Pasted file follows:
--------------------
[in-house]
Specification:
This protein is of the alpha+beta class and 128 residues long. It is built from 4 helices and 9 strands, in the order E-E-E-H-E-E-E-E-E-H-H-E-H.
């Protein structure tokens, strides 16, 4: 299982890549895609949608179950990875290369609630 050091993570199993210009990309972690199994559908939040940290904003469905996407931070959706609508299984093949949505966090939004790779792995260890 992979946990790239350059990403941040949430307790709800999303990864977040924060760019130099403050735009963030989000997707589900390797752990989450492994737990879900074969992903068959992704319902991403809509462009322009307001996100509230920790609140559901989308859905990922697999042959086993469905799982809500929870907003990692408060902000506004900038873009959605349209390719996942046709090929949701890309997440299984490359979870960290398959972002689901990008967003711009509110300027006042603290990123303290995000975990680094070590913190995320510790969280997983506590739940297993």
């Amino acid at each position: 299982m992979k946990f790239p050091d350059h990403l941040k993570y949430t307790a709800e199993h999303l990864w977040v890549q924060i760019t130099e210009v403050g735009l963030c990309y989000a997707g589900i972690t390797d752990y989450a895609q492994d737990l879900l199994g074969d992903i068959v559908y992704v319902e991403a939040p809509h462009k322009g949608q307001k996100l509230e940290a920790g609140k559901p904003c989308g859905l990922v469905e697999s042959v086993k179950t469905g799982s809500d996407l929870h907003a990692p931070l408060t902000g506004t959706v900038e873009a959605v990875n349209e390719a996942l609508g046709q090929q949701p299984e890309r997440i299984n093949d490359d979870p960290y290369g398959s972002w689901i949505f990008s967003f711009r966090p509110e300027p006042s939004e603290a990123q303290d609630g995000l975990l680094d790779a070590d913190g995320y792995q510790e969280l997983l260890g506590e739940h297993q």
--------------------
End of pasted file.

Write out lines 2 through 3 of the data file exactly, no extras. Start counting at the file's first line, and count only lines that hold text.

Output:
Specification:
This protein is of the alpha+beta class and 128 residues long. It is built from 4 helices and 9 strands, in the order E-E-E-H-E-E-E-E-E-H-H-E-H.